Last year, a correspondent we pen-named Nancy de Plume wrote a “soliloquy from a single lady” on the pitfalls and very occasional pleasures of the online dating scene. Norm de Plume responds…
Returning to New Zealand proved to be a bit of a shock. I was surprised to find quite a difference in the meeting and mating protocols and rituals. Some things were familiar – women still camped down one end of social gatherings and men down the other. There didn’t seem to be a lot of chat between. A friend who had lived in Paris rolled her eyes. “Men in Europe know how to flirt.”
Kiwi women, it seemed to me, paid lip-service to being attracted to the caring-sharing metrosexual type. But secretly, I felt glinty eyes were still out for good old Tarz to come swinging out of the kauri. Not being the hirsute, chest-thumping type, I might be spending a bit of time on the sidelines, I thought.
Anyway, there I was, newly returned and single. I drew breath and entered the online dating fray – diving into the Findsomeone pool, while simultaneously dipping a nervy toe into the shallows of another, less “vanilla” site. Oh, what a fairground ride it all was, says he, wiping his brow. I came across a couple of certifiable “loops” rolling on the coasters. Yes, there are loops on both sides, I know! But I became familiar with the practice of “catfishing” – luring someone by adopting a fictional online persona. Expectation can be vastly different from reality. My radar was often on the blink.
On one memorable occasion, I went to an Italian restaurant with a sight-unseen, prospective date. A glass of chianti down the screech and I realised Ms X must have indulged in a bit of pre-loading. I watched in fascination as she (in full flight on relativity theory, for all I knew) toppled face forward into her carbonara.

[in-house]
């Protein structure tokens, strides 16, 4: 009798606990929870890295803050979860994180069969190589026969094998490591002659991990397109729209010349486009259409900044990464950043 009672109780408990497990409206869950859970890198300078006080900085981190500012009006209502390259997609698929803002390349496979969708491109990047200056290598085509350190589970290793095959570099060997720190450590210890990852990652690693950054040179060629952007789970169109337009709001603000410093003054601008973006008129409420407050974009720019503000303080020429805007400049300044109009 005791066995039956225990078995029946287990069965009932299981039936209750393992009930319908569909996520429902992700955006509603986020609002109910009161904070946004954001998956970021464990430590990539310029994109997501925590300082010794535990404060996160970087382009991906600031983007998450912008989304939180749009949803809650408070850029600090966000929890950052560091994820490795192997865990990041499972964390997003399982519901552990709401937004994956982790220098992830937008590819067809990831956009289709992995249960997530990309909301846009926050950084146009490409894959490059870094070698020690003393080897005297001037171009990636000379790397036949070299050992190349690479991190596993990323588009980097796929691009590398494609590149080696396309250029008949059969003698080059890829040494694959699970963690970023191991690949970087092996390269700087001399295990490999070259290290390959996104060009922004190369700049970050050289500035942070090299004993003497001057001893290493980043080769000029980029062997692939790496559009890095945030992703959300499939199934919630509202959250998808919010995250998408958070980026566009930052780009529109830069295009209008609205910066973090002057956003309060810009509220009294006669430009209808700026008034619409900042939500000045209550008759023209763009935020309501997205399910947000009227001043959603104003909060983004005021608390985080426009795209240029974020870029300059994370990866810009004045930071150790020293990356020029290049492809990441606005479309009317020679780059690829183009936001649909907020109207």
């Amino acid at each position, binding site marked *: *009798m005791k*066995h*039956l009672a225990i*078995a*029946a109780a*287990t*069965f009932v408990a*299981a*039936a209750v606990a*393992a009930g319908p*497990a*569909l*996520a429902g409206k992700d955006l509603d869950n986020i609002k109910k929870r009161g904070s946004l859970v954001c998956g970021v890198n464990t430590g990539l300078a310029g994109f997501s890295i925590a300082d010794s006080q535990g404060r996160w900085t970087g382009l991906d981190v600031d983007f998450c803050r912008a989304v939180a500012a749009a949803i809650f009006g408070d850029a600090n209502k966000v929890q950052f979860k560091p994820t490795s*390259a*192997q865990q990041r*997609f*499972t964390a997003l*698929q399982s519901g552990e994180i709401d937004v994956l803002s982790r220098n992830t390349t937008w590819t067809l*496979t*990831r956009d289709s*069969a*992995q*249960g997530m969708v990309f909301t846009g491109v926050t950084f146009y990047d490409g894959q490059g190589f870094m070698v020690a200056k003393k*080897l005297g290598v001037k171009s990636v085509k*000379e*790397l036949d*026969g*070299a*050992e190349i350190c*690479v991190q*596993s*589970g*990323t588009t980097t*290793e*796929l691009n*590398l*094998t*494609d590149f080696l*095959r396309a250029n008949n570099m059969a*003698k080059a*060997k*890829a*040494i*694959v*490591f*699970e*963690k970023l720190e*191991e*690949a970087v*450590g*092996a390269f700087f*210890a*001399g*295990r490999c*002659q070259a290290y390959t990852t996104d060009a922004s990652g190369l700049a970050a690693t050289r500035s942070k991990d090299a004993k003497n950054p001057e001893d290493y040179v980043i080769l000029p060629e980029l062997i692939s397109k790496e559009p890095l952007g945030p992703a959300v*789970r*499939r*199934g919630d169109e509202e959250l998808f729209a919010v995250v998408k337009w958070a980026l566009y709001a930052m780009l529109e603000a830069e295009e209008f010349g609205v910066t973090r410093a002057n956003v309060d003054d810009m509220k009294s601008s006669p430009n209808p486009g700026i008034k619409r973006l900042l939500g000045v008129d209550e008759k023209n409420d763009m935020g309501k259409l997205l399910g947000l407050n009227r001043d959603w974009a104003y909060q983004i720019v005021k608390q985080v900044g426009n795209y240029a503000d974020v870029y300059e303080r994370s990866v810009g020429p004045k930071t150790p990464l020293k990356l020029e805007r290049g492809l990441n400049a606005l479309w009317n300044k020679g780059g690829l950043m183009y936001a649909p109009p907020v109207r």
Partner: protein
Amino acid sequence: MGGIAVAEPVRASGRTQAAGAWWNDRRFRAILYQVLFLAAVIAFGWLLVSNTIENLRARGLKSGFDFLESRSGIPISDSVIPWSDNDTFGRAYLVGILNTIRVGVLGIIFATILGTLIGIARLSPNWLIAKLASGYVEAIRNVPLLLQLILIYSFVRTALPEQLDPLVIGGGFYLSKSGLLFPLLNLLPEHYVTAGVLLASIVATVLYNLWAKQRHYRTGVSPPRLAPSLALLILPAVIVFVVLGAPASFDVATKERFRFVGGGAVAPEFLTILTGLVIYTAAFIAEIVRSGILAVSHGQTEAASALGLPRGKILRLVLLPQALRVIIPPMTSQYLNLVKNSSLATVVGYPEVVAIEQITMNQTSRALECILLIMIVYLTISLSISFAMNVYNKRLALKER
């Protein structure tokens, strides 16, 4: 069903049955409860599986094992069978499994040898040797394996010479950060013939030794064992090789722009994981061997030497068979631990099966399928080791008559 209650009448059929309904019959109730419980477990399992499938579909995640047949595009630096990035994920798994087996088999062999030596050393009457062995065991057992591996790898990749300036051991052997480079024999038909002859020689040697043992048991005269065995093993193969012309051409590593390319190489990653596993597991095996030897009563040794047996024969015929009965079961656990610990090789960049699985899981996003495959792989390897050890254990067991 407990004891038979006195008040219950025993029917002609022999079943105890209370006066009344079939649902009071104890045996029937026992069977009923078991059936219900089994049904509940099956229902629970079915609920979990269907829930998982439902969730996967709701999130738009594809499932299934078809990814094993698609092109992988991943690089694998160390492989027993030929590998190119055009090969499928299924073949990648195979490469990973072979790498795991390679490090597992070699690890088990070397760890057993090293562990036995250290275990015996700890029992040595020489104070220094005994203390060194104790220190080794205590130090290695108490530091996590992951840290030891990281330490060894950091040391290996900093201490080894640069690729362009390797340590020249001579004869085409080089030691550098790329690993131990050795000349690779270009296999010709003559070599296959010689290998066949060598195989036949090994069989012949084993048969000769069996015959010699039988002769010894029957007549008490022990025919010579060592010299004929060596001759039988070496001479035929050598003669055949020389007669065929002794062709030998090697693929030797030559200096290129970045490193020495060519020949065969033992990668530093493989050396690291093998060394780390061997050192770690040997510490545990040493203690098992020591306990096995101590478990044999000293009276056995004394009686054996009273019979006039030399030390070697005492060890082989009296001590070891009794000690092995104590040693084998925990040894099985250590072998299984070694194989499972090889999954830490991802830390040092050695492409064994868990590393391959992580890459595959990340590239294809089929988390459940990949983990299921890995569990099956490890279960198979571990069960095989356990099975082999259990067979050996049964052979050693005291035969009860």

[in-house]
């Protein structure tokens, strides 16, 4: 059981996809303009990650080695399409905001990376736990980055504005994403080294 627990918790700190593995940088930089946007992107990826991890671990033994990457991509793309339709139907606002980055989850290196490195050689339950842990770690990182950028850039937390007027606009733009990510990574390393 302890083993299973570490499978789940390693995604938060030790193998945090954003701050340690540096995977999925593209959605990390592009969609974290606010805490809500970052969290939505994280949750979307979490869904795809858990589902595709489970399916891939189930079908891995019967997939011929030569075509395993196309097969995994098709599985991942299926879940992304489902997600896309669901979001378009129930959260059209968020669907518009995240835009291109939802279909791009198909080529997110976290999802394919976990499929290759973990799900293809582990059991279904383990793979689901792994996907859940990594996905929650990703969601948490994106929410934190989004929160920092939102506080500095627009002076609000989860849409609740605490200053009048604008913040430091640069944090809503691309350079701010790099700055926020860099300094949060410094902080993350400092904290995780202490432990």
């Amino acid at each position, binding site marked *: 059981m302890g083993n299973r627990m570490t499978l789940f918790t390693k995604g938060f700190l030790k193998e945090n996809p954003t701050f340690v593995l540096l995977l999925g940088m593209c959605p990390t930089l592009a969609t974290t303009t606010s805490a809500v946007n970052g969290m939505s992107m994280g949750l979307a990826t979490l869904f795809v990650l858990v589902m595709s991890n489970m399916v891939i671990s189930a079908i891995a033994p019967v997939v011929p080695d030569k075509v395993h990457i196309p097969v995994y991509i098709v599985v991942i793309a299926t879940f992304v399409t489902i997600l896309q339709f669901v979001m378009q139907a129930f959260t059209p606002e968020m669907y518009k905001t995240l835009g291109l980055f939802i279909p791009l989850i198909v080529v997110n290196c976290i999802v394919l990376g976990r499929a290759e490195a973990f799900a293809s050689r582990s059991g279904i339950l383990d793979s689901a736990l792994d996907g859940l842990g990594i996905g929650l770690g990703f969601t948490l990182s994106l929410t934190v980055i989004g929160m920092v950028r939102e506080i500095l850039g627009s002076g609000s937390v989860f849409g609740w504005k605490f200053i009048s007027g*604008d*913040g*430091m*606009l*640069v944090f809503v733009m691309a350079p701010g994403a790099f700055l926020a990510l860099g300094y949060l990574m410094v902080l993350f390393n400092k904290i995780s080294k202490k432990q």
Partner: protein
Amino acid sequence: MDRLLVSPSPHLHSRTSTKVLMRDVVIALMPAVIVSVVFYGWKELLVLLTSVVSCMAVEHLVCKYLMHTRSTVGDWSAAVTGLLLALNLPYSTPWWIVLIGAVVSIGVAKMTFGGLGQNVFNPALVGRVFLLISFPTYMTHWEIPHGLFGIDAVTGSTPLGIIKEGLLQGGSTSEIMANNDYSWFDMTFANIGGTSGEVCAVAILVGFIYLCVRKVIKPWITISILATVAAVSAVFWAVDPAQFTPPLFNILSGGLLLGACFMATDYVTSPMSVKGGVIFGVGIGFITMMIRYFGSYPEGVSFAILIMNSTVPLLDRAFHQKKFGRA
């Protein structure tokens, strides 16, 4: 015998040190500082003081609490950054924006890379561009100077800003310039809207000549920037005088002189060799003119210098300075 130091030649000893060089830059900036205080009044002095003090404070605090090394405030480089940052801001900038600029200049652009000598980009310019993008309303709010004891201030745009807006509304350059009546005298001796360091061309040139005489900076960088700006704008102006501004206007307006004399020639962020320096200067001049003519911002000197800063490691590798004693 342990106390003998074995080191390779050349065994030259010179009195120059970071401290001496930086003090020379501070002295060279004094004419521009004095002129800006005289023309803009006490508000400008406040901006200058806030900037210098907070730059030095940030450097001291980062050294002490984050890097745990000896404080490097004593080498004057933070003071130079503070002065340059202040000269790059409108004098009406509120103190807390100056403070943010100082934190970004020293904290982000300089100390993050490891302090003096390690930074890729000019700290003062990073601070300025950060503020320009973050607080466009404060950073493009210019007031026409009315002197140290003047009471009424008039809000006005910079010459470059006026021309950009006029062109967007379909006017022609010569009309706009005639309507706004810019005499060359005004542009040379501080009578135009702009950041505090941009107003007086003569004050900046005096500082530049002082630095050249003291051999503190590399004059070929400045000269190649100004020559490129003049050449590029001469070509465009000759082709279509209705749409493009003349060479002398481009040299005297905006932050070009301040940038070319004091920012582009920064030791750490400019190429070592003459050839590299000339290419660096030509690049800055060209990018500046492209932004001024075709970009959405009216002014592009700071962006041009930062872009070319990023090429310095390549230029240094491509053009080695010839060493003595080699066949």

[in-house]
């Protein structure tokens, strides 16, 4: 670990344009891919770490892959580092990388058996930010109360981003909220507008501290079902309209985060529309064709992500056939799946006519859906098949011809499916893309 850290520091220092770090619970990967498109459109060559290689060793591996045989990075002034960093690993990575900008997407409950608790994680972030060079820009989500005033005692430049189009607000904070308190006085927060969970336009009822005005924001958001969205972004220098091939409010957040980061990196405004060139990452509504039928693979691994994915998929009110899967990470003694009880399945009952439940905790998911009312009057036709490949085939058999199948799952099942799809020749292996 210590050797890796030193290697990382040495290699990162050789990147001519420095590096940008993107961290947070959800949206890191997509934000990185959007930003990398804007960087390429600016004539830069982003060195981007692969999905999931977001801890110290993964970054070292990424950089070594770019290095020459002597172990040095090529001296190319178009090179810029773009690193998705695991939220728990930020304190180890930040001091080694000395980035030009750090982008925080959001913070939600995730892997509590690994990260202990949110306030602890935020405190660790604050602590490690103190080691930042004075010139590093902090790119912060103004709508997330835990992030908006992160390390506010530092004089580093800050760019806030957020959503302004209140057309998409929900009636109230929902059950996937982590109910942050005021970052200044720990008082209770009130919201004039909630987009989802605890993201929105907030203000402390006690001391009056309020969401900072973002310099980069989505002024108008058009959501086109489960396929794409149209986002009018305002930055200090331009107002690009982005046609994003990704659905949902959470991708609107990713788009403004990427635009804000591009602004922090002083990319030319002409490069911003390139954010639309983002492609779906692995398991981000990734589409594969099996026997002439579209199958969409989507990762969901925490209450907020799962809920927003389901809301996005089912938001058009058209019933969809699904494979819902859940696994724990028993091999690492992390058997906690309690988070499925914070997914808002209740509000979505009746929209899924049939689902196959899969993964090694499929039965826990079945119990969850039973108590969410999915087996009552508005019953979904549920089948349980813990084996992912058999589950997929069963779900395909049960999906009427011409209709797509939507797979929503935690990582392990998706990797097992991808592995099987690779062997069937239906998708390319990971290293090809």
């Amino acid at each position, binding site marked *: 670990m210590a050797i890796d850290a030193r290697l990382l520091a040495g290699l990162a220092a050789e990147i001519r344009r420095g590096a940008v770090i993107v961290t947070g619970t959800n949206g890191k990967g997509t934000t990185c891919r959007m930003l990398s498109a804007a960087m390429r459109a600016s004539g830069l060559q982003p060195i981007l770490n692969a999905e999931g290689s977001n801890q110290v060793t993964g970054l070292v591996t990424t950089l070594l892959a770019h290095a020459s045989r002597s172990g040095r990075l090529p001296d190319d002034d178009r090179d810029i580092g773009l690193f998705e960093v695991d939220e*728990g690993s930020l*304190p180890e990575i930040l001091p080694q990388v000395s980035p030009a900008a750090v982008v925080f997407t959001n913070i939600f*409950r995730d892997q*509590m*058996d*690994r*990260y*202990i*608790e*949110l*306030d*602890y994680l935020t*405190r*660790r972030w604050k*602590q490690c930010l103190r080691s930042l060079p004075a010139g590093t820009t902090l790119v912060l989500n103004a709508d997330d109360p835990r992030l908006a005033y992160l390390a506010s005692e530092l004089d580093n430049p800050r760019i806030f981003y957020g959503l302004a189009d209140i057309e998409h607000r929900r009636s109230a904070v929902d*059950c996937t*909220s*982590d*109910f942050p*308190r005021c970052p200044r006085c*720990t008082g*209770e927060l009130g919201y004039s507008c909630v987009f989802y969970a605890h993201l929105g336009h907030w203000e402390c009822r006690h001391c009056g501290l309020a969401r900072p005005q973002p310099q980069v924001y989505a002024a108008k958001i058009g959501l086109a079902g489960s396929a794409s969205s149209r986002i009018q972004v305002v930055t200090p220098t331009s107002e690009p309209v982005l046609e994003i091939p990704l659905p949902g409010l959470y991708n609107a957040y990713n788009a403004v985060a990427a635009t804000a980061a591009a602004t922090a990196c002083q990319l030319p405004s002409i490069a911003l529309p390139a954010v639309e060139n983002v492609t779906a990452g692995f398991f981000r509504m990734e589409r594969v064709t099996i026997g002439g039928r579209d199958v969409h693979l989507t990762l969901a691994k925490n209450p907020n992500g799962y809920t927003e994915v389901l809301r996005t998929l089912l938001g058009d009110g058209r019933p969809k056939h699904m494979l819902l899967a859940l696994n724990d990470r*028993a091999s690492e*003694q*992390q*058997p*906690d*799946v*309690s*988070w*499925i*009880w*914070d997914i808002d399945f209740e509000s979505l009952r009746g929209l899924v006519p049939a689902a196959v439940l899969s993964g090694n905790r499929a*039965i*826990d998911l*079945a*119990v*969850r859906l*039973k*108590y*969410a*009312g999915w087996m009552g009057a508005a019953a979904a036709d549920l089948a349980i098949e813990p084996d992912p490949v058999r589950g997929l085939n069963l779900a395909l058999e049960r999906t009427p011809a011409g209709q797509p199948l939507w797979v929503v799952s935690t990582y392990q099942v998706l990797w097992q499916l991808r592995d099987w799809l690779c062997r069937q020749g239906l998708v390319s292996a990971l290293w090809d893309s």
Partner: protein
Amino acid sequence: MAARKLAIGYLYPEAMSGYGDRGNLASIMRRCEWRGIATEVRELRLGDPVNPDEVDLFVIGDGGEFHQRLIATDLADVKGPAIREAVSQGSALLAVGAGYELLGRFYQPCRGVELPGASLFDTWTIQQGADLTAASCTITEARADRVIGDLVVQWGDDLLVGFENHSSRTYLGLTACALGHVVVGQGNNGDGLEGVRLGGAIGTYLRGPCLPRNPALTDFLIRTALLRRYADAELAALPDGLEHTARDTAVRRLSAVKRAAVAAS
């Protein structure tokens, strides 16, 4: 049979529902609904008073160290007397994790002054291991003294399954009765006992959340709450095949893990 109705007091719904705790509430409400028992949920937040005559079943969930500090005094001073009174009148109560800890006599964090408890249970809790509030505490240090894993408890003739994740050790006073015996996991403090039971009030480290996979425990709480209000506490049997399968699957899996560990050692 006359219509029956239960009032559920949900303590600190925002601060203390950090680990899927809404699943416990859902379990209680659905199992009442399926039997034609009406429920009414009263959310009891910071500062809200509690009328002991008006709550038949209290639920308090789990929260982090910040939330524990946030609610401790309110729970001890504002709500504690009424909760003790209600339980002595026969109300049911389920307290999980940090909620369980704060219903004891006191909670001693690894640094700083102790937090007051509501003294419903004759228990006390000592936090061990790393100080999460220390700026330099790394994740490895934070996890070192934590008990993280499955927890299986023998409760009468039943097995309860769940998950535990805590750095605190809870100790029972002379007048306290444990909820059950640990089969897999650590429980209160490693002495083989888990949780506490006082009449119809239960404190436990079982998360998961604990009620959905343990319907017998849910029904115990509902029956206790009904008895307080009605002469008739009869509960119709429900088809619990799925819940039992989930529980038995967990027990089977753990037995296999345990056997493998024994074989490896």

Stunned, I sat there marvelling at the richness of life before the waiter said, “Signor, shall I lift the signorina’s head before she drowns?”
After that experience, I contemplated engaging a “wingman”, a friend who would sit at an adjoining table with an earpiece and dark glasses – a bit old-school SIS, I know – where I could be semaphored out of scrapes.
After a few months of Rainbow’s End-online, I connected with a woman who had posted no photograph and didn’t say she was looking for “that special man to share cuddles and sangria after long walks on West Coast beaches leashed to a Labrador”. In fact, she almost seemed to be trying to put suitors off. I was perversely attracted to that. I could tell she was deft with words (magazine editor, as it turned out) and that pressed my buttons. It still took six months of “wordly” manoeuvring before we said, “Okay, let’s give this a whirl.”
Even good relationships can run their course and, six years on, I was single again and totally shocked at how the game had changed. My single women friends were now extremely busy on Tinder, swiping away furiously. I asked one glamorous friend when she even had time to look on Tinder. She regarded me pityingly and, in a tone suggesting I was mildly retarded, said, “… at the traffic lights”. I was out of my depth. The attention of Tinder-users seemed to be measured in frenzied nano-seconds.